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Motivation: real or rubbish?

Learn some tricks to mobilise your motivation

Did you leap out of bed this morning? It’s cold… it’s winter, Covid-restrictions limit our movements and business operations and we’ve learnt to no longer look too far ahead.  So, do you even set any goals during these crazy times? If yes, what fuels your progress?

This year’s lockdown restrictions and lifestyle is a lot easier for me than last year.  I like the “new normal”.  Working from home, doing more online shopping to avoid busy malls (buying things we don’t need) and appreciating my own lovely home is a blessing.  I’ve learnt to focus on close relationships and live more intentionally.  Learnt to not sweat the small stuff.

I have different goals now.

I want to run further, not necessarily faster.  I would like to reach people in a more meaningful manner with my online training and coaching, not necessarily having bigger audiences.  I would like to nurture the special people in my life, rather than seeing so many people.  My fuel or motivation is to live a full life, despite restrictions, empty conference rooms and places where we used to gather, closed.

The textbook description of motivation is the process that initiates, guides, and maintains goal-oriented behaviours. It is what causes you to act, whether it is walking or running to become fit, studying a course to obtain a qualification or the self-discipline to save some money towards a personal goal.

Getting started is the hardest part though….

The interesting reality about what really motivates us

Are you motivated to get up from the couch and get cracking on achieving your goals? How hard do you push yourself to get things done? Money is seldom a motivator on the long term, as we don’t work for money, rather for what money can do for us (providing for our families, financing dreams or doing good where we go).  So then why do we work?

Motivation comes in two flavours, namely intrinsic and extrinsic. The intrinsic type comes from inside and compels someone to pursue a set of goals. When you are intrinsically motivated, you engage in an activity because you enjoy it and get personal satisfaction from doing it. When you are extrinsically motivated, you do something in order to gain an external reward.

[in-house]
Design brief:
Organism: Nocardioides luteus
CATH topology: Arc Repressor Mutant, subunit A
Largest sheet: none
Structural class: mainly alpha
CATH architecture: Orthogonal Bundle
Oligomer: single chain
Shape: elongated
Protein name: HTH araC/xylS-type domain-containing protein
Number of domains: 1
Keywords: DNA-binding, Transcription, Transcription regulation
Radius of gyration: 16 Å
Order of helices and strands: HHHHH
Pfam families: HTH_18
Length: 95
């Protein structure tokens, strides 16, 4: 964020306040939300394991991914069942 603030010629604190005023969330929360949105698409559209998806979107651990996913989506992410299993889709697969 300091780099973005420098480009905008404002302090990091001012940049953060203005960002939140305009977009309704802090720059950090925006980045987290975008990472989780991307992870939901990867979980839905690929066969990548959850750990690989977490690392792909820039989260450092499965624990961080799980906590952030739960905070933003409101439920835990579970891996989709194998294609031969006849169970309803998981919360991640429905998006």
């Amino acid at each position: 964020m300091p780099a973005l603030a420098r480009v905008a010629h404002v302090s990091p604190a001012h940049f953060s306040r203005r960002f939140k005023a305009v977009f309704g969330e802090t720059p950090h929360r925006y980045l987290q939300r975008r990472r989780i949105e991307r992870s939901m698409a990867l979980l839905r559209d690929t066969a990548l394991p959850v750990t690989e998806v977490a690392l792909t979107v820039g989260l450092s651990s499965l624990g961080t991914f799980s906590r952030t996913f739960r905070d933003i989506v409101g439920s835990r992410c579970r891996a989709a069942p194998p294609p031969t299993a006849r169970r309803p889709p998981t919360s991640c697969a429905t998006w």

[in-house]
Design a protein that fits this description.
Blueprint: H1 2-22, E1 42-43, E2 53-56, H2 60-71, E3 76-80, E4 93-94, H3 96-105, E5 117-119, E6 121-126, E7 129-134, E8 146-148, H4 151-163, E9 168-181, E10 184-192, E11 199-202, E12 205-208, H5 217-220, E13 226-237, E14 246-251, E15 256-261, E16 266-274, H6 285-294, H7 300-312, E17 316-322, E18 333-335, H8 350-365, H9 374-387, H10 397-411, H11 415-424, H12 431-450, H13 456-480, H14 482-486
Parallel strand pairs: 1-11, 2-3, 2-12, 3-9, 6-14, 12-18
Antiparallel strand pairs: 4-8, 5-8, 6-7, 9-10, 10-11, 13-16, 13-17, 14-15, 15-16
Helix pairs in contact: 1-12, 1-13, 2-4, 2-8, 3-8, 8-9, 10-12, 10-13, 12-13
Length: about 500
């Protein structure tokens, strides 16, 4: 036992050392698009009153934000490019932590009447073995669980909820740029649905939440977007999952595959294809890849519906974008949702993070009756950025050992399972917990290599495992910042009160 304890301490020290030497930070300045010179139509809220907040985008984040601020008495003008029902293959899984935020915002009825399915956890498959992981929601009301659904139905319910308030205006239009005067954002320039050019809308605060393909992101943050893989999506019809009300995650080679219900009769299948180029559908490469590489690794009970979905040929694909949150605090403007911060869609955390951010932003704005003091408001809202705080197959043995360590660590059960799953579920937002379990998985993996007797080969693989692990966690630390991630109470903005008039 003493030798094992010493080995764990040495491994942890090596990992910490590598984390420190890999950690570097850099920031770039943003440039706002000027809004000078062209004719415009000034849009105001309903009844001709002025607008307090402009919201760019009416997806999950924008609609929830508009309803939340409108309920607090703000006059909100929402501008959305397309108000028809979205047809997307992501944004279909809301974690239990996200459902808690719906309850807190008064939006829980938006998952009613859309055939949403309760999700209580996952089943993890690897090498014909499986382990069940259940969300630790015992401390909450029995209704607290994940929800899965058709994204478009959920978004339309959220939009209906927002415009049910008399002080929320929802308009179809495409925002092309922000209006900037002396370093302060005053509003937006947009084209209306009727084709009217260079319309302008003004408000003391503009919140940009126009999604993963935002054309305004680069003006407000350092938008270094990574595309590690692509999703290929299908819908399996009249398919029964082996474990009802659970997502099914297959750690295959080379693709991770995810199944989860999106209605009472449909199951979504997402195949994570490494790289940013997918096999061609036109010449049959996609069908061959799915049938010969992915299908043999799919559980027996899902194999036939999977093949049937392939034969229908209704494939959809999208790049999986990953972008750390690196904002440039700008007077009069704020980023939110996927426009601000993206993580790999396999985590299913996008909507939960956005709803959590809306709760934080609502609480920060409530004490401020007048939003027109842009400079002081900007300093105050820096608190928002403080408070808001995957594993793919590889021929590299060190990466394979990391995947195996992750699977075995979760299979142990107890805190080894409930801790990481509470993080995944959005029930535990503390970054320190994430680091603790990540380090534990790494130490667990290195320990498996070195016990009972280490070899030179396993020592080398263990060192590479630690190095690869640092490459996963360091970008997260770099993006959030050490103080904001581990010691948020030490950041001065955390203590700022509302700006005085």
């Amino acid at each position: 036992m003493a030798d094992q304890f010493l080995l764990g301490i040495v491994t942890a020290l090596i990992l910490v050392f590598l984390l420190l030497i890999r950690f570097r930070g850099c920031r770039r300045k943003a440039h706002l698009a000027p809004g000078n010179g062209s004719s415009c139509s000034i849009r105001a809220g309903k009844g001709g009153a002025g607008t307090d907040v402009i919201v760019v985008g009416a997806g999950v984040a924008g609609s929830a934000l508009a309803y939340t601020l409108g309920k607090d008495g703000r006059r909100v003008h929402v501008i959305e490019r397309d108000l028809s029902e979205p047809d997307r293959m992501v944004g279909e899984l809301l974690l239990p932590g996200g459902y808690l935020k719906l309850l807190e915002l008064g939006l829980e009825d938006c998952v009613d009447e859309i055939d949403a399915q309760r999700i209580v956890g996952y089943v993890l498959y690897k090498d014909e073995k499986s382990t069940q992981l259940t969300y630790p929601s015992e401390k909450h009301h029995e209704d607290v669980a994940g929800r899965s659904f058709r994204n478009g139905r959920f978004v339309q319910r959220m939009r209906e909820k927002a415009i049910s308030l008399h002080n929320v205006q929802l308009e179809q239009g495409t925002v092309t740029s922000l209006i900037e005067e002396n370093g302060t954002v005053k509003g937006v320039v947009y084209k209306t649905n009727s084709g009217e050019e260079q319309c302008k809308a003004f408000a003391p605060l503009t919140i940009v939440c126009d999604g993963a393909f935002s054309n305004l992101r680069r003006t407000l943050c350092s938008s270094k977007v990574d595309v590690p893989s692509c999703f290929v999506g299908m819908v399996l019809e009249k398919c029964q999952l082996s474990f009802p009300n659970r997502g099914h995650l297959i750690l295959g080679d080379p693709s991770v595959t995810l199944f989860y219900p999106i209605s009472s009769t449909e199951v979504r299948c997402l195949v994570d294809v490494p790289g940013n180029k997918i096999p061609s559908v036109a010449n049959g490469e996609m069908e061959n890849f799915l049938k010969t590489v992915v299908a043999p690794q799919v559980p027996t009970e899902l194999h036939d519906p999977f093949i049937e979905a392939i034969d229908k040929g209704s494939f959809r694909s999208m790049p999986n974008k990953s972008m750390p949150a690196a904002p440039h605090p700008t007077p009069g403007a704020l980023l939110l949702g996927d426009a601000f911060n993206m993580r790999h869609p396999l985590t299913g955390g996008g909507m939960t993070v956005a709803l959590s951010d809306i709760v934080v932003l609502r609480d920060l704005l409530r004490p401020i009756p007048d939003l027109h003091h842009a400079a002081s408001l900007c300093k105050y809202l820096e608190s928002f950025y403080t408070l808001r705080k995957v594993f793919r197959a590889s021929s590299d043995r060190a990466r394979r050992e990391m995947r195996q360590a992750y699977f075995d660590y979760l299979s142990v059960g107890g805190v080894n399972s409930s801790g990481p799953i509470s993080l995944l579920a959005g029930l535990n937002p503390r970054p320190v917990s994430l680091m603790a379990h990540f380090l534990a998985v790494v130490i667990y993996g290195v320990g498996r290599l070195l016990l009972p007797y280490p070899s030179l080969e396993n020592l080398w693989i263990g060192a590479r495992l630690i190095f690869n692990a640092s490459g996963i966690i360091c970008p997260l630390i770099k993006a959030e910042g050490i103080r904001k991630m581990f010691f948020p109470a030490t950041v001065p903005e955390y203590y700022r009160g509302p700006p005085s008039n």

Self-motivation is the force that keeps pushing us to go on – it’s our internal drive to achieve, produce, develop, and keep moving forward. When you think you’re ready to quit something, or you just don’t know how to start, your self-motivation is what pushes you to go on.  I see this with my awesome running friends who push themselves to go further and/or faster. Dedicated students of all ages use this powerful force to achieve academic results. In a time when working from home has become so important, our internal locus of control takes over to be productive and efficient.

The 3 elements of intrinsic motivation

Daniel Pink is a modern writer on business and management. He argues that the evidence of scientific studies on motivation and rewards suggests that basic financial reward systems simply do not work. In fact, they can lead to worse performance. The holy grail of motivation is therefore:


Autonomy is the desire to direct our own lives. Pink argues that allowing employees autonomy results in employees being more engaged in what they are doing and this reflects positively in the bottom line. The new remote economy requires this mind shift to happen sooner than later!


This is the desire to continually improve at something that matters.  Humans love to “get better at stuff” – they enjoy the satisfaction from personal achievement and progress. Allowing employees to enjoy a sense of progress at work contributes to their inner drive.


This is the desire to do things in service of something larger than ourselves. We intrinsically want to do things that matter. Most of us spend more than half our awake hours working. We want that time to matter.

Want to learn a new skill?

Annabel Marais – a cellistwho is doing her master’s degree thesis on adults wanting to play an instrument, found that adult learners are usually far more eager to learn to play their chosen instrument than child learners.  Adult learners don’t play the cello due to a parent’s own projected need – they play because they would like to discover the beauty of a classic instrument and the heavenly music.  Because Annabel knows why her students want to play the cello, she is able to provide the right music and coaching that will help them achieve their goals.